Even reciting these bare facts leaves me shocked all over again, like Mary Whitehouse hearing someone say fuck on the television before the watershed. In the face of this startling state of affairs, you would think that when an American politician mentioned healthcare reform everyone, from left and right, up and down and round the houses would shout YES YES GIVE IT TO US NOW. There would be parades and dancing in the street. No one, not even a grasping multi-national corporation making billions of dollars of profits a year, would want to see American citizens dying because of the terrible holes in the health service. (Depending on whose figures you believe, somewhere between 18,000 and 22,000 preventable deaths occur in the US each year, six or seven 9/11s; I have absolutely no way of explaining why this is not front page news.) The citizens would rise up in delight and relief and bake cakes and send flowers. Or at least, this is what I would think. Instead there is bareknuckle political fighting, last ditch resistance from vested interests, confusion among the populace, a very, very strange moral equivalence from the media, almost as if they collectively want the President to fail because it makes the story more interesting, death threats, intemperate insults from talk show hosts, blatant lies from Sarah Palin, shouts of fascism, mobs bussed in to town hall meetings with instructions to disrupt the proceedings and shout the other side down, cowardice from so-called blue dog Democrats, yelps of socialism (‘Well, Hitler was a socialist,’ says Rush Limbaugh, who is a very peculiar man inexplicably popular on the wireless; ‘it was called the National Socialist Party.’), violent denunciations of all forms of government programmes, and accusations that it is all part of Obama’s evil plan to kill your granny. I am not making that last one up for comic effect. It was stated in terms by an elected representative on the floor of the House.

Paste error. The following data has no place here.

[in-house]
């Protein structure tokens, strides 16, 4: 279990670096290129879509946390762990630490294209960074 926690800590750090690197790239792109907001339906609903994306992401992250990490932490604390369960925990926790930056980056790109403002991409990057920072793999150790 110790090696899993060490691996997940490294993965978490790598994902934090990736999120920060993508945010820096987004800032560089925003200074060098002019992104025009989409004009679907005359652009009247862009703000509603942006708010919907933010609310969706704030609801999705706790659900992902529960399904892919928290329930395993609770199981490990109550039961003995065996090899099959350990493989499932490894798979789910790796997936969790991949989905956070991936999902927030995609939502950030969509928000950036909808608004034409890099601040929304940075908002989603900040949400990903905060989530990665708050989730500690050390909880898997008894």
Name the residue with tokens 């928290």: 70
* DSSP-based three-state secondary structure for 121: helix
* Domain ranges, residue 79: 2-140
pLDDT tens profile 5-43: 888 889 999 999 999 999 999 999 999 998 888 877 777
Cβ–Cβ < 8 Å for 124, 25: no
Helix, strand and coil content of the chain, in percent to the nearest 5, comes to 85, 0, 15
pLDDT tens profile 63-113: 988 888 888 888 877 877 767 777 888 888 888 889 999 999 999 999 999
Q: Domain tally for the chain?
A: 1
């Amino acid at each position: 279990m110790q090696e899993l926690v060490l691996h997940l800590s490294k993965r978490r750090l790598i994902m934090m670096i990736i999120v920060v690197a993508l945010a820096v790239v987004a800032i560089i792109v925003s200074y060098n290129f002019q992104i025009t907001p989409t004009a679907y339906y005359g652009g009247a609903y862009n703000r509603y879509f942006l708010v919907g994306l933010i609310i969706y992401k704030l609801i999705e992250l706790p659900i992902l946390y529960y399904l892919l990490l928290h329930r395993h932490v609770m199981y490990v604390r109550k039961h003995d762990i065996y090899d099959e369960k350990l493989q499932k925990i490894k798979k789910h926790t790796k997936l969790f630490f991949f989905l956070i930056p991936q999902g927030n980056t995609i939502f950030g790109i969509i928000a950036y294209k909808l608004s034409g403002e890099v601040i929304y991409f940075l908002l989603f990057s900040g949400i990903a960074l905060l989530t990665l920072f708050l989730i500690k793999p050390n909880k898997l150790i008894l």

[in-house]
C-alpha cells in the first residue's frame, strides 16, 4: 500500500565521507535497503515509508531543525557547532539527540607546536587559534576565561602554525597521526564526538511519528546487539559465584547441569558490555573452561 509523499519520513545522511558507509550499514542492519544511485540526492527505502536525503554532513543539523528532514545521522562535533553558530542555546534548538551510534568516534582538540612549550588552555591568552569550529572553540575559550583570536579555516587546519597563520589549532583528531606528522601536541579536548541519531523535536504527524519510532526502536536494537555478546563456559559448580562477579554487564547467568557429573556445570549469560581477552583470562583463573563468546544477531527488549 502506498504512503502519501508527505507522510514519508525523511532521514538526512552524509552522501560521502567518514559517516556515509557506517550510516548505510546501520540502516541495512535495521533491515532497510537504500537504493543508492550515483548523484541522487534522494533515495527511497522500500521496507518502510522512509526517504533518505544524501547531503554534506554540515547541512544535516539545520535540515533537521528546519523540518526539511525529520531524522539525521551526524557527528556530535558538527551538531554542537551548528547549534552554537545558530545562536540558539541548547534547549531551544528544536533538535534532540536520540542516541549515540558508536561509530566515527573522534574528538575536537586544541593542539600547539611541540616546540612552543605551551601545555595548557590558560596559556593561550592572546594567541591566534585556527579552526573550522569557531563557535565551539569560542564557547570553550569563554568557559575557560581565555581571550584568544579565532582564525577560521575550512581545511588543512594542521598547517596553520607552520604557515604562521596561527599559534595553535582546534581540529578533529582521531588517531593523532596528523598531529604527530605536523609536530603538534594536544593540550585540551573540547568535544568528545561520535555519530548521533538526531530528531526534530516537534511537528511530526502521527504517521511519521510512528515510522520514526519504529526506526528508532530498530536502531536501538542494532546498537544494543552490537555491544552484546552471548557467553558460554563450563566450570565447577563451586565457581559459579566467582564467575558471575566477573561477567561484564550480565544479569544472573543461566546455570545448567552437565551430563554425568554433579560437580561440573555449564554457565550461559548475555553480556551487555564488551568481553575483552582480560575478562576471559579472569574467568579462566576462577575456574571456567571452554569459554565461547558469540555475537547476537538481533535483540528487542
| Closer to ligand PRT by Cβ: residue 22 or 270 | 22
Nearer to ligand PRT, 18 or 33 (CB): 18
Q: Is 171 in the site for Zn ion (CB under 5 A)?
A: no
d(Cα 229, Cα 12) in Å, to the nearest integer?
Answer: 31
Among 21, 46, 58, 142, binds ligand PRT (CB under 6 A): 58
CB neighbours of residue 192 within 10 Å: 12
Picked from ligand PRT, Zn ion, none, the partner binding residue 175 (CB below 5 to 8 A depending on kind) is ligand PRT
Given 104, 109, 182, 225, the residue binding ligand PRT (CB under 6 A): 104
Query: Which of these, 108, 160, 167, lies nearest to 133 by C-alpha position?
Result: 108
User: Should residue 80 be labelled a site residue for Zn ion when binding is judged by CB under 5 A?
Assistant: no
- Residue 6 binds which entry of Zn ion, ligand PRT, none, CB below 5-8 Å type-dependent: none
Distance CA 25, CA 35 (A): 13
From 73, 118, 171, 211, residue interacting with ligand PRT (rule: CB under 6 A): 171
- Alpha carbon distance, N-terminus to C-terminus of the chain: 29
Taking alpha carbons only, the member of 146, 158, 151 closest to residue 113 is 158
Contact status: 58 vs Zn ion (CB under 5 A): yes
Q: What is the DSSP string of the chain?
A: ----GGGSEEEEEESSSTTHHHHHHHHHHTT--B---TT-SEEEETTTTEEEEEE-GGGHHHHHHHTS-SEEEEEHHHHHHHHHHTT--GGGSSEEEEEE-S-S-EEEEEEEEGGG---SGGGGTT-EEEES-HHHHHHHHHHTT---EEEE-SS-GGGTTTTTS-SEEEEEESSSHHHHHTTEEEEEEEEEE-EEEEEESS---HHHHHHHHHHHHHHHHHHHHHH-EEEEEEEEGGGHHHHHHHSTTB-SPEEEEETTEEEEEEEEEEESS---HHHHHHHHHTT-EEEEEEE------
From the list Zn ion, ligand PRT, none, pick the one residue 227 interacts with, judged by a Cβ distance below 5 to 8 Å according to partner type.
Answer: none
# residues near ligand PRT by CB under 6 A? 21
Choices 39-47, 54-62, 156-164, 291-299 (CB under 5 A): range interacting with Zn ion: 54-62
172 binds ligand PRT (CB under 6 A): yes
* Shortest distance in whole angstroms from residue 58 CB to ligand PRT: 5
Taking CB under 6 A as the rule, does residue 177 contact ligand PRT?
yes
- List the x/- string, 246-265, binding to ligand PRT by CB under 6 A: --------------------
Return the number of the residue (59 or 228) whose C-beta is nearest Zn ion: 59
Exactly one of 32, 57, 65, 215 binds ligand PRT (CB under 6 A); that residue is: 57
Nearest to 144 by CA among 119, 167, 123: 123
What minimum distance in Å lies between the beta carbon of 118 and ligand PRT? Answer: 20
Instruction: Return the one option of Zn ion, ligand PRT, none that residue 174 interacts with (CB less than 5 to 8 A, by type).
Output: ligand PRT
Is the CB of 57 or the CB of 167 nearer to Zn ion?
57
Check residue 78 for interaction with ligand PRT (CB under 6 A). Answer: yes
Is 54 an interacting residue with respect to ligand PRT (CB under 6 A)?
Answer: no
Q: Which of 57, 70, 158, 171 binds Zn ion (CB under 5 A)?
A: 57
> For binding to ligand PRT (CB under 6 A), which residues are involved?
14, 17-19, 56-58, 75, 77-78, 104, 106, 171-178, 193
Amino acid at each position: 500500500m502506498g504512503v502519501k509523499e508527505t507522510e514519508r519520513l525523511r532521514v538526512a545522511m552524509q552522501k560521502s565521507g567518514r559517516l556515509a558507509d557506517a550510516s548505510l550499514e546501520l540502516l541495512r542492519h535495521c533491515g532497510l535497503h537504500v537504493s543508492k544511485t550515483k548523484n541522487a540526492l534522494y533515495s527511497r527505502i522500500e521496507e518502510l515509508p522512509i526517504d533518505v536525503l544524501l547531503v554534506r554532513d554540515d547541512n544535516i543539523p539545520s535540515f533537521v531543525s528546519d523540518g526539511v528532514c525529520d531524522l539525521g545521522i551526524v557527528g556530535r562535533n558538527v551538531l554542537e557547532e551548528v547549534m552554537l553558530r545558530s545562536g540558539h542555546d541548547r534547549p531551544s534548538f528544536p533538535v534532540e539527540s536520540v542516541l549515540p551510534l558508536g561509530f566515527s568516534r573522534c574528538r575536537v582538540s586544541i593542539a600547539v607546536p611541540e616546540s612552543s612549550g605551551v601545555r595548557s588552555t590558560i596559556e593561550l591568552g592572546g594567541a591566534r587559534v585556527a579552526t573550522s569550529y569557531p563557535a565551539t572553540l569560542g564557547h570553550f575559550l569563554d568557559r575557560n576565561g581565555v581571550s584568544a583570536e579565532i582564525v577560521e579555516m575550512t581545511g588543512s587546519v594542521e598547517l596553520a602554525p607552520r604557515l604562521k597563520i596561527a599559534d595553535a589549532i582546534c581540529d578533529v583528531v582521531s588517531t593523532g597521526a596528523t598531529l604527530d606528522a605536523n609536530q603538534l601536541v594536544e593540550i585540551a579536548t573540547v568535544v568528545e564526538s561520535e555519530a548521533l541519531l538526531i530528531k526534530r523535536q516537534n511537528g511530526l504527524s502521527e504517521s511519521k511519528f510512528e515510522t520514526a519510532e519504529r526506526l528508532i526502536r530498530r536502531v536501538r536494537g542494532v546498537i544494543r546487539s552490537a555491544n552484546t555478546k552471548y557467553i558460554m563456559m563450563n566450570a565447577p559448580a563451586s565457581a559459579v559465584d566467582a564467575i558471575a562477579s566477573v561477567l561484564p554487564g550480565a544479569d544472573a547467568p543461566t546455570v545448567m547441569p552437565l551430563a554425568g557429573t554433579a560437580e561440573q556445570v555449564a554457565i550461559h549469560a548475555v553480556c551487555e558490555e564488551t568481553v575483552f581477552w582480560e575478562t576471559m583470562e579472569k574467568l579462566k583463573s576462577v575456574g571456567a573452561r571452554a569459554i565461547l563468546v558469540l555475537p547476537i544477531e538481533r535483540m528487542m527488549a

This is when I realise that I do not understand America and how it works. It is the greatest power in the world. It has more money, more Nobel Prizes, more brilliant technology than anywhere else. It has a dream, dammit. One of the things I like about America is that it is not just a country, it is an idea. And it is a truly marvellous idea. The idea is that all men and women are free and equal and entitled to life, liberty and the pursuit of happiness. A corollary to this enchanting idea is that anyone, be she never so humble, be he never so obscure, can rise to the very pinnacle of national life. Barack Obama, the black son of a single mother, proved this idea rather brilliantly in the last election. Obama is the American dream, walking and talking and wearing a sharp suit. And now people are calling him a Nazi. (Oh, and a racist, too, just for good measure, although you would think that if he is such a staunch student of Hitler that goes without saying.) The reason he is being accused of fascism is not because he wants to herd people into camps or insist on racial purity, but because he would like to fix a system which puts the mighty United States only two notches above Cuba in the world health ranking. He would quite like (call him old-fashioned) for twenty thousand odd of his compatriots not to die because they don’t have insurance. He would like, dangerous radical that he is, for people to pay less for life-saving medicine.